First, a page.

Hardly rocket science, anyone who has been to a nightclub in the past thirty years would have noticed that white clothing fluoresces blue-white under UV lights (UV, Ultra Violet, Black Light, Woods Lamp, same thing). Particularly white cotton, including the white fibers in denim jeans.
Yet, Time Magazine says:
Dr. Gregory Smith wants people to know it’s not all in his head. According to the Gainesville, Ga., pediatrician, white fibers have been burrowing into his skin for the past two years, making him feel like he’s under constant bombardment from insects or cactus needles. Shine a black light on these fibers and they’ll fluoresce blue, he says, just like something you’d see in The Twilight Zone.
They are generally described by patients as white, but clinicians also report seeing blue, green, red, and black fibers, that fluoresce when viewed under ultraviolet light (Wood’s lamp).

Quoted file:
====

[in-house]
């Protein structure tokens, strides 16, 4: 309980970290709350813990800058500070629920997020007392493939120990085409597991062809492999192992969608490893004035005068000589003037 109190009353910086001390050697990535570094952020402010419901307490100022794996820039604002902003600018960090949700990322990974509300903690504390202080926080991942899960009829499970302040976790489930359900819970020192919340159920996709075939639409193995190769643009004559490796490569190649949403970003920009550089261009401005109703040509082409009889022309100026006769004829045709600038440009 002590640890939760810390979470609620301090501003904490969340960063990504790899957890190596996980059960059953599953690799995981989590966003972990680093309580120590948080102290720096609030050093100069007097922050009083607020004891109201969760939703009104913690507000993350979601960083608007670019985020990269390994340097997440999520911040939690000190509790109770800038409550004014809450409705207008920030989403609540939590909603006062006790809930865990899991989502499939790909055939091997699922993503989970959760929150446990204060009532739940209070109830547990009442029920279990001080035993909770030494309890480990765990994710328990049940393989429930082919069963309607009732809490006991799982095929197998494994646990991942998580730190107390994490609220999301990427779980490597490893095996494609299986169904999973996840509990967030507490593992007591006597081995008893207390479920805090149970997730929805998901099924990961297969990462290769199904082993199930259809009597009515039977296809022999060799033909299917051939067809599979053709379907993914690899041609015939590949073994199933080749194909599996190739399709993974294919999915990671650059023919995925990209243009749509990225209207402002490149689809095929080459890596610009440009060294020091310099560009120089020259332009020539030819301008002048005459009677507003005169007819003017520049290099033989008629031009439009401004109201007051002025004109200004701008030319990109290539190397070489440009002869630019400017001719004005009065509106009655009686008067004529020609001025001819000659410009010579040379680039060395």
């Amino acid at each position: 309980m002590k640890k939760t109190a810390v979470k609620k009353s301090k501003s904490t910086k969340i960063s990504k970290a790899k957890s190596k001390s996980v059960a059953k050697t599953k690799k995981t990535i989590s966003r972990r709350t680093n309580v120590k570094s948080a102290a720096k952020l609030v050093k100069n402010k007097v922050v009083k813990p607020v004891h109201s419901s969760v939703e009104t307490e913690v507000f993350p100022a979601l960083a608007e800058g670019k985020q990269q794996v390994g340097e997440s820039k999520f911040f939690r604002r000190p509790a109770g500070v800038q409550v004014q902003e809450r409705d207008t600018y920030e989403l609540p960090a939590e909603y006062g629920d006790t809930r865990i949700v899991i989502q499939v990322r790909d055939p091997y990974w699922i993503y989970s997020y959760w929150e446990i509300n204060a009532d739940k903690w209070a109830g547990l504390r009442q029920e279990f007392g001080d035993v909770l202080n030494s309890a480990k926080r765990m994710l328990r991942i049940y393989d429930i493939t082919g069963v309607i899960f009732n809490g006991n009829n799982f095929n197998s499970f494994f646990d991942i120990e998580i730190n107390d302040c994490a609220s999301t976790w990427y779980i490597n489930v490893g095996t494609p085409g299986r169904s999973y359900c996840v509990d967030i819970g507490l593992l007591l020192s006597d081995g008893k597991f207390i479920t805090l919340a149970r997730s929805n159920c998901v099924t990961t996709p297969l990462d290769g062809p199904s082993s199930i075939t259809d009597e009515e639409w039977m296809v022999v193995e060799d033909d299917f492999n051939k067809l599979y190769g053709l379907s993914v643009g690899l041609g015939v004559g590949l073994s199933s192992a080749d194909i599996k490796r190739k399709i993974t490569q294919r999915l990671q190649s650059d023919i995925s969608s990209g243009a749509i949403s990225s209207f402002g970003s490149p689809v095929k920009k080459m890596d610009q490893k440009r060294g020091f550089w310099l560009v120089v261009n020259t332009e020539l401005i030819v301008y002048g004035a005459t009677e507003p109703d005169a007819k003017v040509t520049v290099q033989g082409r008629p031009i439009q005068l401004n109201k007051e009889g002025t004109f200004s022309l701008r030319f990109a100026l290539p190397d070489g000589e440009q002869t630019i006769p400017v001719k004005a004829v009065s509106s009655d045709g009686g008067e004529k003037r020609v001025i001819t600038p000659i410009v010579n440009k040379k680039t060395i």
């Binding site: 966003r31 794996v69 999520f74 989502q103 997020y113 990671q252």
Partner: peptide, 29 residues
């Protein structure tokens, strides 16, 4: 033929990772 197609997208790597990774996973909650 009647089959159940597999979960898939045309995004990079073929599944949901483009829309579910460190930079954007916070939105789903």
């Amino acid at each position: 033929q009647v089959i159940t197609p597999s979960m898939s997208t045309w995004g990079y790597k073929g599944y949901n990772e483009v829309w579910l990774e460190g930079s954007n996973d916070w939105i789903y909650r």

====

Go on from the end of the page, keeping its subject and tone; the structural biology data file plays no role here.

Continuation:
It all started with Mary Leitao, who “showed the doctor how the fibers glowed under an ultraviolet light”.
So what’s going on here? Why does the MRF and their publicity department not know that practically all white clothing fibers fluoresce under UV light? Why do they keep repeating that their fibers fluoresce as if it’s something special?
If they can’t get that science right, something that is practically common knowledge, then what else might they have got wrong?
Here’s some white acrylic fibers at 200x, with normal and UV lighting.
Not like something out of The Twilight Zone, just normal clothing fibers.
Update (Aug 1st, 2006): For an explanation as to exactly WHY they fluoresce, see here: